The D.A.I.S.Y. Age did not die with De La Soul, as some may think. It changed, and its participants changed as well, but it never really disappeared. I associate the D.A.I.S.Y. Age with relaxing grooves and pleasant rhymes, and a flawless marriage of words to the beat. Tribe had it, De La had it all the way through “Stakes Is High,” and of course the JB’s were right in the thick of it as well. Others, such as the Digable Planets, have tapped into the feeling as well. Since these acts have mostly receded into feature exhibits in the hip-hop hall of fame, the ideals of this age have become lionized as they should, and those trying to retouch the intelligent, feel-good vibes of these legends do so in reverence as much as anything. If nothing else, the movement has become iconic, a symbol of better days that have passed.
Jneiro Jarel may not readily admit it, but his music tells me that he longs for those days. He openly references this just once, mentioning “The Low End Theory” by name. His self-produced music is alternately feathery and laden with rock-hard bass, and the defined but calm rhythms hint at a time that once was. On the opening “Big Bounce Theory,” he claims that he is “futuristic with the beats, they need to catch up.” The track behind is faintly futuristic, but grounded by consuming bass. The following two-minute interlude “Crashing Comets” is just that, a mash-up of distinct sounds including jazz pianos, a faint horn, and subtle swirling space noises. “Do Ya Thang” is content to be fluid, a smooth concoction rooted firmly in jazz sensibilities. Jarel appears to be primarily a producer, as he weaves intricate tracks and his vocals tag along with the beats. On “Do Ya Thang,” he isn’t even rapping the entire time. His rhymes stop and go at his whim, falling in and out of relevance as the track continues on.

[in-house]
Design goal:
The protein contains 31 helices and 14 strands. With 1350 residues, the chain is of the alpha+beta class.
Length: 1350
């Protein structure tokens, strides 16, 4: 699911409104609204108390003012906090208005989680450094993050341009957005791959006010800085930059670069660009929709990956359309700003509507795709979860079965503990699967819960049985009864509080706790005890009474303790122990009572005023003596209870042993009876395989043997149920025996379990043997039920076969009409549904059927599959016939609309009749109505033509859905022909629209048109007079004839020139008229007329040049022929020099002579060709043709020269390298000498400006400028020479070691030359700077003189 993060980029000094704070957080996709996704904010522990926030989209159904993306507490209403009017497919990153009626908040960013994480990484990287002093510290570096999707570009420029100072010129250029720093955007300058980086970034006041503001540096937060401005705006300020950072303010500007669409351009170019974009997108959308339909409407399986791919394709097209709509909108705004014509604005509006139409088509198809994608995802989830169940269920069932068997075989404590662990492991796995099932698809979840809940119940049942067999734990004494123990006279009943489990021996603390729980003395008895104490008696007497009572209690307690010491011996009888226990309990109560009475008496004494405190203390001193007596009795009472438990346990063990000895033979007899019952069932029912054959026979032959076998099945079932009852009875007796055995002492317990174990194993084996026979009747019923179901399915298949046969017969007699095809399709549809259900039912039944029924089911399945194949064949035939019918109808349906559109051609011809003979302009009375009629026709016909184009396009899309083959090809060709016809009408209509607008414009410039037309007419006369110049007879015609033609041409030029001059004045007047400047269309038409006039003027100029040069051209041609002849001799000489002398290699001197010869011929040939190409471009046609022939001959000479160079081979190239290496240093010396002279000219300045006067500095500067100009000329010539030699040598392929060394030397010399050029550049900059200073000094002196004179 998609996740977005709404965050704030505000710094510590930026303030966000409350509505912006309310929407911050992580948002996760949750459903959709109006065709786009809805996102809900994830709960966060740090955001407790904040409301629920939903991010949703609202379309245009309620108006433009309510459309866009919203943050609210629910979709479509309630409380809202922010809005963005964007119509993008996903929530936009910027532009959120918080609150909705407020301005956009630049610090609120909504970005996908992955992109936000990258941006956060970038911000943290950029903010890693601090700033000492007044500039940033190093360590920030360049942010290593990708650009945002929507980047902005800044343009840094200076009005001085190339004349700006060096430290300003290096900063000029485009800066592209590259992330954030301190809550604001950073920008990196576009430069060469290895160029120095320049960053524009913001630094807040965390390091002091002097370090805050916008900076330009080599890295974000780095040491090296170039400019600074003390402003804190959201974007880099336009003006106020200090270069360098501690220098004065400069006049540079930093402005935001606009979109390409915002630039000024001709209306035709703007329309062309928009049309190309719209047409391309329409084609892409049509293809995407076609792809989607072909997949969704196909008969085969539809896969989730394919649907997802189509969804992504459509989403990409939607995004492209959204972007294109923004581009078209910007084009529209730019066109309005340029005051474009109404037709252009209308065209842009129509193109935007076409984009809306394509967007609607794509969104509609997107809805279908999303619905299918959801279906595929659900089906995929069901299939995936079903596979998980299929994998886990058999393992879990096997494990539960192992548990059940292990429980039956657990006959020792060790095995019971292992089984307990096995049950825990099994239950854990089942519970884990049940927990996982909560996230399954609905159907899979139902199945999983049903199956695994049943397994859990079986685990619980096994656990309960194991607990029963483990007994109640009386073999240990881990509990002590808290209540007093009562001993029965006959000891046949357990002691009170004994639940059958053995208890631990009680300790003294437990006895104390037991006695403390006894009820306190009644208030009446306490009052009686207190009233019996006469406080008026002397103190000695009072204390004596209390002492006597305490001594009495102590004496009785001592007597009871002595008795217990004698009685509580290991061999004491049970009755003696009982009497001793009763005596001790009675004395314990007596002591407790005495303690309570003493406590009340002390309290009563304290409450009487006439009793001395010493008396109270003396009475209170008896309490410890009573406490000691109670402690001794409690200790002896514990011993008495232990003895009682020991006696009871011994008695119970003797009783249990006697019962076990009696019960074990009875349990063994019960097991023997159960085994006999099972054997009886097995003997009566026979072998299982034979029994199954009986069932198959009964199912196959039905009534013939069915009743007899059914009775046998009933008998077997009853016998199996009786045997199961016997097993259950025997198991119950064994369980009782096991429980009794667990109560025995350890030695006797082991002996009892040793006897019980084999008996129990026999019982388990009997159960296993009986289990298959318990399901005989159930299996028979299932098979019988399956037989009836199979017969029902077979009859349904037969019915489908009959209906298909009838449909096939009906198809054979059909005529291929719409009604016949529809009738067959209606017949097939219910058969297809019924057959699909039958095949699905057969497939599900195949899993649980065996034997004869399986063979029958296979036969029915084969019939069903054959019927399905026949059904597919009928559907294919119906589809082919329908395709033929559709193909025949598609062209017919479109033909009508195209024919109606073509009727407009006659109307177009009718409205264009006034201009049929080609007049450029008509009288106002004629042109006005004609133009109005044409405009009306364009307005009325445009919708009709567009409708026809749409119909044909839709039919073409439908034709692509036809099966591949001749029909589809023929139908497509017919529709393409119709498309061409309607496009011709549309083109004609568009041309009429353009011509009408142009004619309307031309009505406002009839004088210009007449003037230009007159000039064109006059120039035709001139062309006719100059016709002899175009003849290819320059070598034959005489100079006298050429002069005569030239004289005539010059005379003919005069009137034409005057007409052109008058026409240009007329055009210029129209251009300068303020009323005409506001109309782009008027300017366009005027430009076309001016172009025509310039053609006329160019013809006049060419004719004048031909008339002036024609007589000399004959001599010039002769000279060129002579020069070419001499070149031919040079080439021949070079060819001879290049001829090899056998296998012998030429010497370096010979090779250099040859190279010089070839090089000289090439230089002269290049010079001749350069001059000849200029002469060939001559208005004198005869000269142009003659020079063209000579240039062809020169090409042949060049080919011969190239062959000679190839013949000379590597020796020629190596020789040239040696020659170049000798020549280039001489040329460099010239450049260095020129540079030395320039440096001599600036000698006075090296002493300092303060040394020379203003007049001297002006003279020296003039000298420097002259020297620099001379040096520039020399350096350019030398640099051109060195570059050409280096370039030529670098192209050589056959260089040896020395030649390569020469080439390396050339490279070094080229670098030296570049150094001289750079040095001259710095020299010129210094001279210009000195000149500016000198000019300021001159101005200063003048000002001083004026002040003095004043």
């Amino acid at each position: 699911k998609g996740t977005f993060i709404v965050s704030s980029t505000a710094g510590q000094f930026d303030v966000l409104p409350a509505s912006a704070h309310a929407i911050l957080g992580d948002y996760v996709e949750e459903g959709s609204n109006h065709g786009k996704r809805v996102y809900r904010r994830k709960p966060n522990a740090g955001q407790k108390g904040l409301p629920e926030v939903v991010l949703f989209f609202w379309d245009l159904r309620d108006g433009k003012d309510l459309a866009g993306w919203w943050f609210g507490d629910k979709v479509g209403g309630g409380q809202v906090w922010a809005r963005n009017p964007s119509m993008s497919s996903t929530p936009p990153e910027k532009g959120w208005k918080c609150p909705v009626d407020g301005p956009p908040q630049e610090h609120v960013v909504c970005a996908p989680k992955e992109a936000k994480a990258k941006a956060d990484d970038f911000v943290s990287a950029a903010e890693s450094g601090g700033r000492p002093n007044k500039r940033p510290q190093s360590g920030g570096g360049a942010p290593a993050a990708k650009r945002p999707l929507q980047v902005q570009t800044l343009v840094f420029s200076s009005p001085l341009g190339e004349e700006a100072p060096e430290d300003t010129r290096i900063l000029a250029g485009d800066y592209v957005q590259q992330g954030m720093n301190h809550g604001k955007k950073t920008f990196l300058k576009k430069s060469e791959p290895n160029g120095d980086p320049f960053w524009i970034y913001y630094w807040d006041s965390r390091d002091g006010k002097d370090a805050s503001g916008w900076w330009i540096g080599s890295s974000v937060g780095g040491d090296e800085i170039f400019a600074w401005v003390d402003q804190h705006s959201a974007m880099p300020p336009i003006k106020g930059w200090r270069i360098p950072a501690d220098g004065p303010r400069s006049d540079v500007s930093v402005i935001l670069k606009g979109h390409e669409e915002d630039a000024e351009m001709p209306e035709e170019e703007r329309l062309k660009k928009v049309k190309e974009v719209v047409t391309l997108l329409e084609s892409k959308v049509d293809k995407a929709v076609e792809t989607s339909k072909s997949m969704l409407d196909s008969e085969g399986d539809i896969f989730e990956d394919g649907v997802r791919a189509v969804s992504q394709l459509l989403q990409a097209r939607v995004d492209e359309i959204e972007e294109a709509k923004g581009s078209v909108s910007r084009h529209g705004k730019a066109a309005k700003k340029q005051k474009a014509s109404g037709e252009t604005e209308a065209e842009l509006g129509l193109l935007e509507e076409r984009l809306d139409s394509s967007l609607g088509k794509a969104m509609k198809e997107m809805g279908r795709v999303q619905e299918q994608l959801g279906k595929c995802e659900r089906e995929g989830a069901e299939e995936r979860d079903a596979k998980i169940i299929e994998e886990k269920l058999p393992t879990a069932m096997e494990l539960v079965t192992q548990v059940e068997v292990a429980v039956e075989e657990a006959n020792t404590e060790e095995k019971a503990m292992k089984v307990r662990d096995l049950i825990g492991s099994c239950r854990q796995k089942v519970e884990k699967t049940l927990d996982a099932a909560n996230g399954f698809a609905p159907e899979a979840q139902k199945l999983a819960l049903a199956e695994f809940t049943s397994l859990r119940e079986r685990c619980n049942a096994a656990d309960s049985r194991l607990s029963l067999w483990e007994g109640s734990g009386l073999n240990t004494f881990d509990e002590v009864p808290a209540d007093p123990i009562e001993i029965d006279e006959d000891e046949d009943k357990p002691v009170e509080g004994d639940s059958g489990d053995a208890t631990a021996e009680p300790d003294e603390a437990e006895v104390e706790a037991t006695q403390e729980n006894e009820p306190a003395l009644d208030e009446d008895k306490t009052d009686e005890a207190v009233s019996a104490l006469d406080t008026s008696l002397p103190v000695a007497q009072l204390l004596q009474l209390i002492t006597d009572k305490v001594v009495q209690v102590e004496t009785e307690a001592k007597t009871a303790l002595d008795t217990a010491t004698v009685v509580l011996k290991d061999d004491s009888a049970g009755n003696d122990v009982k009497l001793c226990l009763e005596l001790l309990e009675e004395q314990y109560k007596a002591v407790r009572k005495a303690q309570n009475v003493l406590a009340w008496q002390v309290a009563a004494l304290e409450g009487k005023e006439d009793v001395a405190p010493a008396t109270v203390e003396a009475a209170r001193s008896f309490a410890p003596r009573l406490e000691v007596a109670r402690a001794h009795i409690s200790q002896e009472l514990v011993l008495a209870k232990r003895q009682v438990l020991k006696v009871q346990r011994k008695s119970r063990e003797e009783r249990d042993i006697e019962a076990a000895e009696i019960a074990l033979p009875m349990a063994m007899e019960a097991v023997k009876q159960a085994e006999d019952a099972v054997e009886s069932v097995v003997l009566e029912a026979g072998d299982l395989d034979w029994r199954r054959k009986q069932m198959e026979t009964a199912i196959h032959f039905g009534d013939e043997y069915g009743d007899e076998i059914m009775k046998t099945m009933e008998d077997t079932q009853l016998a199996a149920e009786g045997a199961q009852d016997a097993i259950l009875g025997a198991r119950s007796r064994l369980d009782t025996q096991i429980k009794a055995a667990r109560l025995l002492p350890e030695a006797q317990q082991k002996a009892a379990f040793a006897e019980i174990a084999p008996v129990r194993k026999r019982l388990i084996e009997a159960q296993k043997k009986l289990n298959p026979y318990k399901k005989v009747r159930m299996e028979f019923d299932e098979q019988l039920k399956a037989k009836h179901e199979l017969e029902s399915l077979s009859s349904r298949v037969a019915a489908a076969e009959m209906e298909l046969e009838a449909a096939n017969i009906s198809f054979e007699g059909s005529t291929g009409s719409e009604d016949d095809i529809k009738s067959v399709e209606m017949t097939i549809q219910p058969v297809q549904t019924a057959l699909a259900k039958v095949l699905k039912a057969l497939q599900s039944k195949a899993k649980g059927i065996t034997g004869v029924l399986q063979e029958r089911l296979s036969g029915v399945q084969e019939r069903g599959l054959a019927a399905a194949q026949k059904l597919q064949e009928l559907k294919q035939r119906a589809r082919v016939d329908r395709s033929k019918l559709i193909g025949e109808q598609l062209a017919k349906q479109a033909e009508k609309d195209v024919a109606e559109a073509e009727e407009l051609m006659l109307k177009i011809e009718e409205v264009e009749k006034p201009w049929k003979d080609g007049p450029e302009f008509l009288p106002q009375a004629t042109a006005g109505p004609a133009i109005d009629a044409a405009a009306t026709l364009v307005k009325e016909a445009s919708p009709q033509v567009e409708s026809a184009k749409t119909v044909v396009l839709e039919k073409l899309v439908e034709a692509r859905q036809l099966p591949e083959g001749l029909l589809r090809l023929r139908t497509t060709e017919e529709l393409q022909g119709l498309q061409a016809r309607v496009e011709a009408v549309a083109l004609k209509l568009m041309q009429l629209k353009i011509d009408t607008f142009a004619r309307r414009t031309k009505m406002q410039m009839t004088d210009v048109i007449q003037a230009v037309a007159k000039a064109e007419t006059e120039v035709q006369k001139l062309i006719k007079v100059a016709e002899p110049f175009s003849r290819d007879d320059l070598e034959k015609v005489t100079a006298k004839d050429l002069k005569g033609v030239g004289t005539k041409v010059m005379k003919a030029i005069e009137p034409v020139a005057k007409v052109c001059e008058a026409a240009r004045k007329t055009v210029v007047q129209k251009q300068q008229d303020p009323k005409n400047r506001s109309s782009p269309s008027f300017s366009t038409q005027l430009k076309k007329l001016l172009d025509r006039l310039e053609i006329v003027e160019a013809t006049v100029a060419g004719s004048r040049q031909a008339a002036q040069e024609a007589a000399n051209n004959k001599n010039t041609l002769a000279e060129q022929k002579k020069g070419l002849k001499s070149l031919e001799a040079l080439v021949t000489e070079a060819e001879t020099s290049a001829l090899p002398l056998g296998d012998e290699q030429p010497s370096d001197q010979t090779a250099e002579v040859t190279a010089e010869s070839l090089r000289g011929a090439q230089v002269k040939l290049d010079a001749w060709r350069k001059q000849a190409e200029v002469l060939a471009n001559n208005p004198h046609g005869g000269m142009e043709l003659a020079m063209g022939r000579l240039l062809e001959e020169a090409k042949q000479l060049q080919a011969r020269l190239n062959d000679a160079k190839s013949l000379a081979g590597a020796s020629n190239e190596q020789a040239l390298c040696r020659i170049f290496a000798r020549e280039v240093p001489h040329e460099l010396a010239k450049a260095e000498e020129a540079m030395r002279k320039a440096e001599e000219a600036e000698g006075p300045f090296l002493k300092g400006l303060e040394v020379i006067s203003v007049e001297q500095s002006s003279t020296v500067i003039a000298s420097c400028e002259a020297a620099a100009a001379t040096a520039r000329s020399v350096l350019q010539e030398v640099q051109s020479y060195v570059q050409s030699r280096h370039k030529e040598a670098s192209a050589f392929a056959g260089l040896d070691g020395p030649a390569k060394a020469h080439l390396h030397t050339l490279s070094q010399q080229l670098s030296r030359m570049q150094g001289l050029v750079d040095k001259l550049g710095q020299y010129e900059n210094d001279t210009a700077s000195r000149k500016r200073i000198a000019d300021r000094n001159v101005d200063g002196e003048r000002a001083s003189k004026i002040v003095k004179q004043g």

“Get Yuh Own” sounds almost like a Madlib production, with thick distorted bass and minimalist drums. This is not the easiest music to navigate with words, but Jneiro does an admirable job. The prevailing theme is highlighted in track names such as “N.A.S.A.,” “Soul Starr,” and “Sun Walkers,” but Native Tongues ideals strap the record to the earth. “N.A.S.A.” exemplifies this, with an organic loop that is elated enough to sound spacey, but the drums are a reminder that it is a rap song, albeit one with an especially ethereal presentation. “Sun Walkers” exhibits his considerable production capabilities with the most rhythmic drums on the entire record and a variety of loops moving in and out of prominence next to the drums. In the age of plentiful instrumental producers, “Sun Walkers” is his genuine claim to greatness, and it succeeds marvelously. He executes the dichotomy of earthy grooves and synths without a hitch throughout “Three Piece Puzzle.”
Jneiro Jarel is not the best rapper. Luckily, he understands that, and allows his airy funk to penetrate every corner of the album. His rapping style is conversational, and he never sounds like he’s trying too hard. The calm production demands such a performance, because forceful rhymes would detract from the power that the music contains. “Soul Starr” has him talking more than rapping, although he stays within the boundaries of the rhythm. He stops for seconds at a time, completely content to succumb to the beat. “Doinis” has an overwhelmingly pleasant backdrop, and luckily the intense performances by Dr. Who Dat? and Jneiro overly the melody without removing its importance to the song. Every sound on “Three Piece Puzzle” is smoothed out nearly to a fault, but enough is happening on each song that the music is consistently riveting without requiring much attention.
This is a unique, exceptional record. My musings about the D.A.I.S.Y. Age aren’t entirely relevant, but the best way I can describe the connection is this: In an increasingly diluted age in which most artists are either sounding off about their vices or self-righteously attacking those who do so, Jneiro Jarel reminds me that for an hour, at least, it’s all good. He’s collected a group of wicked, relaxing grooves and he has no qualms with just talking us through his music. “Three Piece Puzzle” is a part of somewhere else, somewhere that exists beyond the rap world of today. He is ambiguous as to whether this alternate world from which the record emerges is a lost land of the past or a place beyond the earth that we can only hope to discover soon. Regardless, it is right here next to me and it comforts me on this cold Seattle night.